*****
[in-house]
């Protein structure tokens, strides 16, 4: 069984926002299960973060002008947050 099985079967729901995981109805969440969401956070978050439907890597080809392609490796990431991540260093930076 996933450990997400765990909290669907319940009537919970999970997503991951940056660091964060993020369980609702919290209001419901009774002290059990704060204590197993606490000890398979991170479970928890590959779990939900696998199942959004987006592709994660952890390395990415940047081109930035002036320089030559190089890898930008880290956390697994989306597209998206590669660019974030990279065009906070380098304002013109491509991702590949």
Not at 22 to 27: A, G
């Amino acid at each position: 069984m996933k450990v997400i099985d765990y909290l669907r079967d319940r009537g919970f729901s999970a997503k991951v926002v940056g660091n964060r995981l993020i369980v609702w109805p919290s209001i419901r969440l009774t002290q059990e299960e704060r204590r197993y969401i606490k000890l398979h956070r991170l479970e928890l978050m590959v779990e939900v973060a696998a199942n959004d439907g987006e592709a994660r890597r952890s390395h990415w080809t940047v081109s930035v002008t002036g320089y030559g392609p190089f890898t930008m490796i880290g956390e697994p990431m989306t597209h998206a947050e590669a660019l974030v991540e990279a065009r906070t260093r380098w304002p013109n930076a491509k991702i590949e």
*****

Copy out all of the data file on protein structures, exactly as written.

[in-house]
């Protein structure tokens, strides 16, 4: 069984926002299960973060002008947050 099985079967729901995981109805969440969401956070978050439907890597080809392609490796990431991540260093930076 996933450990997400765990909290669907319940009537919970999970997503991951940056660091964060993020369980609702919290209001419901009774002290059990704060204590197993606490000890398979991170479970928890590959779990939900696998199942959004987006592709994660952890390395990415940047081109930035002036320089030559190089890898930008880290956390697994989306597209998206590669660019974030990279065009906070380098304002013109491509991702590949």
Not at 22 to 27: A, G
């Amino acid at each position: 069984m996933k450990v997400i099985d765990y909290l669907r079967d319940r009537g919970f729901s999970a997503k991951v926002v940056g660091n964060r995981l993020i369980v609702w109805p919290s209001i419901r969440l009774t002290q059990e299960e704060r204590r197993y969401i606490k000890l398979h956070r991170l479970e928890l978050m590959v779990e939900v973060a696998a199942n959004d439907g987006e592709a994660r890597r952890s390395h990415w080809t940047v081109s930035v002008t002036g320089y030559g392609p190089f890898t930008m490796i880290g956390e697994p990431m989306t597209h998206a947050e590669a660019l974030v991540e990279a065009r906070t260093r380098w304002p013109n930076a491509k991702i590949e």